By DAVID BORAKS
Whether Norfolk Southern Corp. decides to let commuter trains run on is tracks north of Charlotte some day will depend on how much it thinks passenger service will hinder expansion of freight service on the line. Local officials met with the rail company three weeks ago, and hope to agree soon on the outline of a rail traffic study to answer that question.
The computer modeling study still must be planned and funded, and may not start for some time. Even when it does start, it could be costly and take years to complete. A Norfolk Southern spokeswoman told us last week there’s nothing new to say about the study, which originally was discussed in March. (See March 15, 2012, “Norfolk Southern says Red Line study could take years.”)
The rail company owns the tracks north of Charlotte that Charlotte Area Transit System, N.C. Department of Transportation and local officials hope one day will carry commuters as well as freight trains. The company brought the proposed Red Line Regional Rail project to all but a standstill this spring when it raised questions about the plans to run freight and passenger trains on the same track.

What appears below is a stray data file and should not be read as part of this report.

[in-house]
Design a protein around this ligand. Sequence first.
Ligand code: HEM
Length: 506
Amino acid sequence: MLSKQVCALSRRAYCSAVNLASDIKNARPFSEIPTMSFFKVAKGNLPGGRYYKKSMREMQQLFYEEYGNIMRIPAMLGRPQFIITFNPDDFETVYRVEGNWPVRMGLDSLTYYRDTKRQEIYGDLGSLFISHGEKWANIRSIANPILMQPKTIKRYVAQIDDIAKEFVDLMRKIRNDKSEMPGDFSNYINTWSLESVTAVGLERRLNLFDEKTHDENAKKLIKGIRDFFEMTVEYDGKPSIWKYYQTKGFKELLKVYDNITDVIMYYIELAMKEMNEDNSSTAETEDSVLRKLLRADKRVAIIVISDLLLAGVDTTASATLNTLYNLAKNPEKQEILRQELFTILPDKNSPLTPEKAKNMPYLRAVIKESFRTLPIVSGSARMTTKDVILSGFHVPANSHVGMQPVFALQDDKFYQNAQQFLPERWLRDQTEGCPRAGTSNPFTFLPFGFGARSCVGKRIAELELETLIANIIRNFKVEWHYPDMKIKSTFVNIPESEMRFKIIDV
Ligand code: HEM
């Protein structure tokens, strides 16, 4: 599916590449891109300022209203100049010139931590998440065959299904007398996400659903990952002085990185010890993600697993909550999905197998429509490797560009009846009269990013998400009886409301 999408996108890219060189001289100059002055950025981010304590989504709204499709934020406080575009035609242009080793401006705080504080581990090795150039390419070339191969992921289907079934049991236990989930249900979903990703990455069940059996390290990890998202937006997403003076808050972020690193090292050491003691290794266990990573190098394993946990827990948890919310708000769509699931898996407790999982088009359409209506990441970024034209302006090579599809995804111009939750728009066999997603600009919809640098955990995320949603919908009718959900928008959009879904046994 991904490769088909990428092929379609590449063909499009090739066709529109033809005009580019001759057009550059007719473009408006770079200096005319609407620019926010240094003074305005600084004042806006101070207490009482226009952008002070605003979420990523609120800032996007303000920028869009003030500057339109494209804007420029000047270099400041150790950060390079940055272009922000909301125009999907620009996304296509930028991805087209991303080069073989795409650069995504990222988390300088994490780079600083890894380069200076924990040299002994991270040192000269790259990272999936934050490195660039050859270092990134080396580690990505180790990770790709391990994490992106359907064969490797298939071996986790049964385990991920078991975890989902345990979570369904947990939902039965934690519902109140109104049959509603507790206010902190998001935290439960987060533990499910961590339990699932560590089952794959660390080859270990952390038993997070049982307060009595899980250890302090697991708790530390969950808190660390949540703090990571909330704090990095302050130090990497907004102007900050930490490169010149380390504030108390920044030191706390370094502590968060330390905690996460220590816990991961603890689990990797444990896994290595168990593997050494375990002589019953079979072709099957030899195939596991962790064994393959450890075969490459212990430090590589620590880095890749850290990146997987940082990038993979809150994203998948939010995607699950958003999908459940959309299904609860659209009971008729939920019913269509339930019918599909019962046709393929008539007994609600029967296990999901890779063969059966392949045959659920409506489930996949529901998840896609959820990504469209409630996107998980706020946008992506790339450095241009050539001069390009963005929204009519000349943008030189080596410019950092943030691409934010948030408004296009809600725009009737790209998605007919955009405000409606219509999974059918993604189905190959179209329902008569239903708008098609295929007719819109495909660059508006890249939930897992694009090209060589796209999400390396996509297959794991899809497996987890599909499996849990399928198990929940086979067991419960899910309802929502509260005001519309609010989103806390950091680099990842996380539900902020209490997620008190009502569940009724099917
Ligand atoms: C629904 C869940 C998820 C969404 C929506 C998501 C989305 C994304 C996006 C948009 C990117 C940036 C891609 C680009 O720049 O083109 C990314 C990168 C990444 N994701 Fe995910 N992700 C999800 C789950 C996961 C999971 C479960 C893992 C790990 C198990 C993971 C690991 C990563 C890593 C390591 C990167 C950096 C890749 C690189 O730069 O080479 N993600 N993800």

On June 13, representatives from the railroad, the Red Line and CATS held a long-awaited meeting to talk about the possible study – the essential next step for the Red Line project. That meeting, at Norfolk Southern’s Charlotte offices, included CATS CEO Carolyn Flowers; Bill Thunberg, director of the Lake Norman Transportation Commission; and Mayor John Woods of Davidson, who chairs the Red Line Task Force of the Metropolitan Transit Commission. Representing Norfolk Southern were John Edwards, General Director for Passenger Policy, and Durwood Laughinghouse, Resident Vice President for Government Relations.